As HabsEyesOnThePrize.com found, 5v5close FF% is definitely an important factor in making the playoffs and enjoying success in the playoffs. That said, GF% seems to be slightly more significant. All 5 Stanley Cup winners came from the GF%>55 group while only 3 cup winners came from the FF%>53 group and both Avg and PlayoffAvg are higher in the GF%>55 group than the FF%>53 group. PDO only seems marginally important, though teams that have a very good PDO do have a slightly better chance to go deeper into the playoffs. Generally speaking though, if you are trying to predict a Stanley Cup winner, looking at 5v5close GF% is probably a better metric than looking at 5v5close FF% and certainly better than PDO. Now, considering this is a significantly shorter season than usual, this may not be the case as luck may be a bit more of a factor in GF% than usual but historically this has been the case.

So, who should we look at for playoff success this season?  Well, there are currently 9 teams with a 5v5close GF% > 55.  Those are Anaheim, Boston, Pittsburgh, Los Angeles, Montreal, Chicago, San Jose, Toronto and Vancouver. No other teams are above 52.3% so that is a list unlikely to get any new additions to it before seasons end though some could certainly fall out of the above 55% list. Now if we also only consider teams that have a 5v5close FF% >50% then Toronto and Anaheim drop off the list leaving you with Boston, Pittsburgh, Los Angeles, Montreal, Chicago, San Jose and Vancouver as your Stanley Cup favourites, but we all pretty much knew that already didn’t we?

 

Feb 232012
 

The Columbus Blue Jackets have traded Jeff Carter to the Los Angeles Kings for Jack Johnson and a first round pick.  When Johnson signed his current 7 year, $30.5M contract I wrote how I thought the Kings would regret the contract.  Now I think the Blue Jackets will.

Just how bad is Jack Johnson?  Well, lets take a look at the Kings defensemen’s goals against per 20 minutes of zone start adjusted 5v5 close ice time over the past 2 3/4 seasons.

Defenseman 11-12 GA20 Defenseman 10-11 GA20 Defenseman 09-10 GA20
Martinez 0.471 Martinez 0.465 Harrold 0.418
Voynov 0.473 Greene 0.580 Greene 0.451
Doughty 0.495 Drewiske 0.635 Doughty 0.499
Mitchell 0.504 Harrold 0.715 Scuderi 0.517
Scuderi 0.557 Mitchell 0.764 O’Donnell 0.543
Greene 0.571 Doughty 0.785 Drewiske 0.682
Johnson 0.727 Scuderi 0.831 Jones 0.755
Johnson 1.054 Johnson 0.906

Not only is Jack Johnson dead last in all three seasons, he is last by a sizeable margin.  Of the 7 Kings defensemen this year the spread between #1 Martinez and #6 Greene is smaller than the spread between #6 Greene and #7 Johnson.  The previous two seasons look no better.

But what is even more scary are Johnson’s offensive numbers.  Yeah, Johnson may be a question mark defensively but his offense helps offset some of that.  Well, so we thought.  Here are the goals for per 20 minutes of ice time numbers for Kings defensemen.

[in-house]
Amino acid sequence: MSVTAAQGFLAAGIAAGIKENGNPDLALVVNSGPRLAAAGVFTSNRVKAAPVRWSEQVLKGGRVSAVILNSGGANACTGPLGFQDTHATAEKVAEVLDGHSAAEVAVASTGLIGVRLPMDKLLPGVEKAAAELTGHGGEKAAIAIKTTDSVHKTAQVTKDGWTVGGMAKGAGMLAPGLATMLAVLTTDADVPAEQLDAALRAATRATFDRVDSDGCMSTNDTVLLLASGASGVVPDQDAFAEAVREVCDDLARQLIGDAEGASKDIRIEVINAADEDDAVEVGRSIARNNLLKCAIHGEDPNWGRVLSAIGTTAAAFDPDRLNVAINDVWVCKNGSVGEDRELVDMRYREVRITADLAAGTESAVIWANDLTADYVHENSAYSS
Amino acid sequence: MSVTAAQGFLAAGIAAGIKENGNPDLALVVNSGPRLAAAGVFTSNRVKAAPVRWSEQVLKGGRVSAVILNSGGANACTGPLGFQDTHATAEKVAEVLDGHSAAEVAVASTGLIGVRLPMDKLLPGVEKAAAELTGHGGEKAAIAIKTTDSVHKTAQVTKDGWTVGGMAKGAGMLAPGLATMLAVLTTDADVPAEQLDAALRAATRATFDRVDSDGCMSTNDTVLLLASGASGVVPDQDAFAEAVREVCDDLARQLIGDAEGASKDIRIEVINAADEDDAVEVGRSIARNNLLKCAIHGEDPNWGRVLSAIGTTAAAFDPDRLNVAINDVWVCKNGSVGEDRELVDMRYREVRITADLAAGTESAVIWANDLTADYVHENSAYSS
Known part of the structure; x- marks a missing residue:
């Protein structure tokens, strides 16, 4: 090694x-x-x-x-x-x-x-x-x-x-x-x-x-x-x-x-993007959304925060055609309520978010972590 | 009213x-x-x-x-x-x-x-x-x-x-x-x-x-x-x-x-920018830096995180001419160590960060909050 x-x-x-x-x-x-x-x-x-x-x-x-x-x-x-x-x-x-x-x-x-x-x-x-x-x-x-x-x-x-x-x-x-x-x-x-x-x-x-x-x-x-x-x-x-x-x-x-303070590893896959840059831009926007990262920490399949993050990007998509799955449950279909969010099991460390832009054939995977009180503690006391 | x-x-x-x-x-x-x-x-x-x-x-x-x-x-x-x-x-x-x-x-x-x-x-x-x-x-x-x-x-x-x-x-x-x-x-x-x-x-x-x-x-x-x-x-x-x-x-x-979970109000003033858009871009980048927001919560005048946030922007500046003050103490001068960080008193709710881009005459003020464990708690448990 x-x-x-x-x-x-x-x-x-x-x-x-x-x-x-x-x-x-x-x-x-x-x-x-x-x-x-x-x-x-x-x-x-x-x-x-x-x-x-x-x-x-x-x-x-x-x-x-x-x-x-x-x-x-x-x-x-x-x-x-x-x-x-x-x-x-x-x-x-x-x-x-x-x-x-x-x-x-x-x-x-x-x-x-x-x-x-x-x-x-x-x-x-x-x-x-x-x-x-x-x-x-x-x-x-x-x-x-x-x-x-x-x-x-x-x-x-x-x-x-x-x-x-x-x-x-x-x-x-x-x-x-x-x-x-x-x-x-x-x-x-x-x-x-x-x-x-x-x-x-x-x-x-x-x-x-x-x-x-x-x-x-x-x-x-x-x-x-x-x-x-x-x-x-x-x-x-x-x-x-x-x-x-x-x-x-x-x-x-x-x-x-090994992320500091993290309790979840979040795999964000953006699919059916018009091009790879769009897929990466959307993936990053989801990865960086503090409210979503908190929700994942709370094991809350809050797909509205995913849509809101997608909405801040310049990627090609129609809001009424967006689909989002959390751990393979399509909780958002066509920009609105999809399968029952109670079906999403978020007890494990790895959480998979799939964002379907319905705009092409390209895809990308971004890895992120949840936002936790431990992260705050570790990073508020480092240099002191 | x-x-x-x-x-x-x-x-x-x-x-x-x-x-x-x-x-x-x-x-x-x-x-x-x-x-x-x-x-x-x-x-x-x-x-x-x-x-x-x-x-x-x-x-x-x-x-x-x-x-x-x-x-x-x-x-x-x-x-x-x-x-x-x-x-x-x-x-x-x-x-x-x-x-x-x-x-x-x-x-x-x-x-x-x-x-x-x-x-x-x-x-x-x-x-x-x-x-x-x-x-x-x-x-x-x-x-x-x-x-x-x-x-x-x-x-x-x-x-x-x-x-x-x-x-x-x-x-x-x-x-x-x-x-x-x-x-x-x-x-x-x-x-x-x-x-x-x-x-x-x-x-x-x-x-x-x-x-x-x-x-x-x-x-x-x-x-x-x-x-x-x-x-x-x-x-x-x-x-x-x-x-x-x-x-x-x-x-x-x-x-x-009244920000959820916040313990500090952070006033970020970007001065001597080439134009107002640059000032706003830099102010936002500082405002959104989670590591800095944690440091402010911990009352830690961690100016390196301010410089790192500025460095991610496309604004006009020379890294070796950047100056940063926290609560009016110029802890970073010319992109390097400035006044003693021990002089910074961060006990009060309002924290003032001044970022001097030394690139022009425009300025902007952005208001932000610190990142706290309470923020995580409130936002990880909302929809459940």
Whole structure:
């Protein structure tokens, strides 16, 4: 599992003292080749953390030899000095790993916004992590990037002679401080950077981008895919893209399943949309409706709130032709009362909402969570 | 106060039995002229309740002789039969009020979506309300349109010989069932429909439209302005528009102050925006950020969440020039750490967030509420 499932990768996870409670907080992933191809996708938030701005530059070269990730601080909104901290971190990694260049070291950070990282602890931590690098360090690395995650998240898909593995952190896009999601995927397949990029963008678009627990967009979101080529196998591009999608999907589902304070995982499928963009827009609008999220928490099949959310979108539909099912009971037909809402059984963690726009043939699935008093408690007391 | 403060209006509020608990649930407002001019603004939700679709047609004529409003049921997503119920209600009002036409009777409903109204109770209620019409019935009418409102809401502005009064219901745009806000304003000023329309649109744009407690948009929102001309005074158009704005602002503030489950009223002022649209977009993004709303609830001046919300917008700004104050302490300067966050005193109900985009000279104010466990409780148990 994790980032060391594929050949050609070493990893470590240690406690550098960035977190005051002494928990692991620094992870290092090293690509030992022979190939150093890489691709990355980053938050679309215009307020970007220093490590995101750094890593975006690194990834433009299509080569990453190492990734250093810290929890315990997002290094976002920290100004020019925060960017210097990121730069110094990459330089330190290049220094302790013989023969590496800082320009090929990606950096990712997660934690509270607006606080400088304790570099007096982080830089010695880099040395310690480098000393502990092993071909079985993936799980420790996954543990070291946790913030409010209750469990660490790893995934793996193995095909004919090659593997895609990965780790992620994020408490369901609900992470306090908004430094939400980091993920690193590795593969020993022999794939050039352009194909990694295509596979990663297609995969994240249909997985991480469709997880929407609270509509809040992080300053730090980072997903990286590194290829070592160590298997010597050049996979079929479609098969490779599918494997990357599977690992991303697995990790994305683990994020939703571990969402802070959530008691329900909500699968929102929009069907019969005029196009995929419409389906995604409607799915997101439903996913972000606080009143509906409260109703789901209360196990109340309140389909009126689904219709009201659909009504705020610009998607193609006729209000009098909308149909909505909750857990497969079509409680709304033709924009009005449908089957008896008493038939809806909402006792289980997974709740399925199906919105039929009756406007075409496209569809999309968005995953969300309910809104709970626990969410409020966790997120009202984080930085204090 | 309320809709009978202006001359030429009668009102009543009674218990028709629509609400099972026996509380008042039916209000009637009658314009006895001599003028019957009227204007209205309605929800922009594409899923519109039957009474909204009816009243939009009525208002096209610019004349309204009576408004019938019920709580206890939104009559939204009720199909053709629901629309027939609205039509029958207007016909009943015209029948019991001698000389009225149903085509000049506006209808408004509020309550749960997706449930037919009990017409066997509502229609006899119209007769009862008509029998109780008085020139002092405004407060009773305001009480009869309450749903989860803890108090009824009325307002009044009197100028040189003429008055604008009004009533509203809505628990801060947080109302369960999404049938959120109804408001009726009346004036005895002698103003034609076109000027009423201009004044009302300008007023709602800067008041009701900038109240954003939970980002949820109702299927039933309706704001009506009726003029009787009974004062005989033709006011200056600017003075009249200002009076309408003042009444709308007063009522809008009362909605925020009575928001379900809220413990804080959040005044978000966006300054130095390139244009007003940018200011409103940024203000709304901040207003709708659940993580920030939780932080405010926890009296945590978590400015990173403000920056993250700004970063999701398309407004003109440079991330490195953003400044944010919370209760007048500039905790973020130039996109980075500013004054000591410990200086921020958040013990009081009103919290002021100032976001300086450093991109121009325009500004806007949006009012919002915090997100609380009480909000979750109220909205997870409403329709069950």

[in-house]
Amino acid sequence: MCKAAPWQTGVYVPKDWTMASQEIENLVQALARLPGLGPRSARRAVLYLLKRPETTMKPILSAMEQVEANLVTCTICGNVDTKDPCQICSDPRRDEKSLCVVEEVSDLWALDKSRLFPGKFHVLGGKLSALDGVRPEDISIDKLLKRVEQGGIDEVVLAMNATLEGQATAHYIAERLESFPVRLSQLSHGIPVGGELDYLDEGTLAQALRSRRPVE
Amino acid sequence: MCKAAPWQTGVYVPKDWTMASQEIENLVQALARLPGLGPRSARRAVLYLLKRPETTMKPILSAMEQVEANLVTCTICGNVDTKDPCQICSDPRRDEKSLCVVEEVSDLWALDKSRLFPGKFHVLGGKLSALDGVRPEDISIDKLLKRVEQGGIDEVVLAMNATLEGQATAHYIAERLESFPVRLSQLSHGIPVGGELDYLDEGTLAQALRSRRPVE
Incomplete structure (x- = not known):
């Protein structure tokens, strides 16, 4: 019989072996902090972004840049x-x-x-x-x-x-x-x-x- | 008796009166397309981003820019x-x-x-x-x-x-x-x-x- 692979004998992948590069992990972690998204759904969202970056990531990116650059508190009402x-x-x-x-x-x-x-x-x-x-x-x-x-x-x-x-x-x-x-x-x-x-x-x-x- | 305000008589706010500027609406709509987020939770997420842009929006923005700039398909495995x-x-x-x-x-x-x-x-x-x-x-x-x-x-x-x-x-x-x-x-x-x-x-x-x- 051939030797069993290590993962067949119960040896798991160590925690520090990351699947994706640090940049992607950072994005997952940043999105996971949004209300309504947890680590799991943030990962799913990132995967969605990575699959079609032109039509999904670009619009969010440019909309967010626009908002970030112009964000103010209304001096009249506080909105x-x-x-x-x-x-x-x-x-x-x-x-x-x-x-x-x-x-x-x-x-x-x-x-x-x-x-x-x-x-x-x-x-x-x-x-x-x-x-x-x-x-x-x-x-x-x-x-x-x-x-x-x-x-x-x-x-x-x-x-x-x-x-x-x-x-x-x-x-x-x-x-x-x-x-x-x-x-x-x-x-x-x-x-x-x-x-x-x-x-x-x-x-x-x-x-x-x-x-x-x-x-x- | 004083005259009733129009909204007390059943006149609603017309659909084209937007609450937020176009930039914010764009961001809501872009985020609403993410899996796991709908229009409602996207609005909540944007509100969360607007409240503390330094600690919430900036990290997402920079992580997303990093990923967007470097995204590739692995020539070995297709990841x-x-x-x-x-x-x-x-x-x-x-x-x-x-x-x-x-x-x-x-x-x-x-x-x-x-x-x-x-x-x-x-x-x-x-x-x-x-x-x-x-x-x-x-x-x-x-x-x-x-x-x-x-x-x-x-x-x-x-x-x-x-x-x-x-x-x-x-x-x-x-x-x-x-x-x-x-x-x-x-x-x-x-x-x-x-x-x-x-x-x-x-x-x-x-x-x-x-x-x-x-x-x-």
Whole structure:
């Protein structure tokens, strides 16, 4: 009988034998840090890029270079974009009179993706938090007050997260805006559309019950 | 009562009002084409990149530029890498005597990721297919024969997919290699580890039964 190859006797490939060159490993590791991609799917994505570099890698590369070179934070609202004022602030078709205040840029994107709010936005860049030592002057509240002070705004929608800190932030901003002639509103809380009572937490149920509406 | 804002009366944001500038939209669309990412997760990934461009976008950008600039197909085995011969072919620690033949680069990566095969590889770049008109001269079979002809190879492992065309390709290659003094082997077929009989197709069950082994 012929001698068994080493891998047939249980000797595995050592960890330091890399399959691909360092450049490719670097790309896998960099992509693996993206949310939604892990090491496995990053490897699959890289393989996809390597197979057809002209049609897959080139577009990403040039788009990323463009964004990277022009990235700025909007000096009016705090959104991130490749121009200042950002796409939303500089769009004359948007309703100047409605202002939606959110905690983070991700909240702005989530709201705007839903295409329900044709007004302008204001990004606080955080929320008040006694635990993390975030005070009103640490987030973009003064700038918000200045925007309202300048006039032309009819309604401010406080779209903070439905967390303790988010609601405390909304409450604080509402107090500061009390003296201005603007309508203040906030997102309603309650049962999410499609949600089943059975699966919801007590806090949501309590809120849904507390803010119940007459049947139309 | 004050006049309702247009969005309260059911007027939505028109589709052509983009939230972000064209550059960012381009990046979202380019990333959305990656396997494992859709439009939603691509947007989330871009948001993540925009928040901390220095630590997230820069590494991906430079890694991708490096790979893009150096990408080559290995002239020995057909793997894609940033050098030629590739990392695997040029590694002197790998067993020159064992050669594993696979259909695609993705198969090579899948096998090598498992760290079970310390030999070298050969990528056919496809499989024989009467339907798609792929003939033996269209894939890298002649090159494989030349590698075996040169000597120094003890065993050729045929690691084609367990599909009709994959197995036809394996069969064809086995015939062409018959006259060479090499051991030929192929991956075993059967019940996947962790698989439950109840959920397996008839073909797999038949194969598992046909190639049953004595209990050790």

Defenseman 11-12 GF20 Defenseman 10-11 GF20 Defenseman 09-10 GF20
Voynov 1.014 Harrold 1.072 Scuderi 0.791
Martinez 0.848 Mitchell 1.030 Doughty 0.774
Greene 0.694 Doughty 0.999 O’Donnell 0.744
Doughty 0.637 Martinez 0.802 Drewiske 0.744
Mitchell 0.612 Drewiske 0.714 Greene 0.708
Scuderi 0.590 Scuderi 0.712 Johnson 0.647
Johnson 0.485 Greene 0.709 Jones 0.519
Johnson 0.671 Harrold 0.314

Dead last in 2 of the three seasons and only ahead of Randy Jones and Peter Harrold in 2009-10.  Certainly not something to write home about.  So, if Johnson isn’t helping his team score goals and isn’t helping his team limit goals against, he has to have a pretty terrible goals for percentage (goals for divided by goals for + goals against).  Let’s take a look.

Player Name GF% Player Name GF% Player Name GF%
Voynov 0.682 Martinez 0.633 Greene 0.611
Martinez 0.643 Harrold 0.600 Doughty 0.608
Doughty 0.562 Mitchell 0.574 Scuderi 0.605
Greene 0.548 Doughty 0.560 O’Donnell 0.578
Mitchell 0.548 Greene 0.550 Drewiske 0.522
Scuderi 0.514 Drewiske 0.529 Harrold 0.429
Johnson 0.400 Scuderi 0.462 Johnson 0.417
Johnson 0.389 Jones 0.407

It’s pretty sad when every other defenseman on your team has a goals for percentage above 50% and you sit at 40%.

It seems that Jack Johnson is a major drag on his team, especially defensively, but offensively as well.  The only redeeming quality of Jack Johnson on the ice is that he seems to be a good PP specialist.  I have often called Jack Johnson the $4.3M/yr version of Marc-Andre Bergeron but that might be unfair to Bergeron.  Getting rid of Johnson is addition by subtraction plus you are getting Jeff Carter for a mere first round pick which is a steal.

The Kings win this trade by a country mile while the Blue Jackets have set back their franchise years by the whole Carter fiasco which has seen them trade Jakub Voracek, Sean Couturier and Nick Cousins (3rd round pick in 2011) for a horrid Jack Johnson and a mid first round pick.  Pretty sad for any Blue Jacket fan.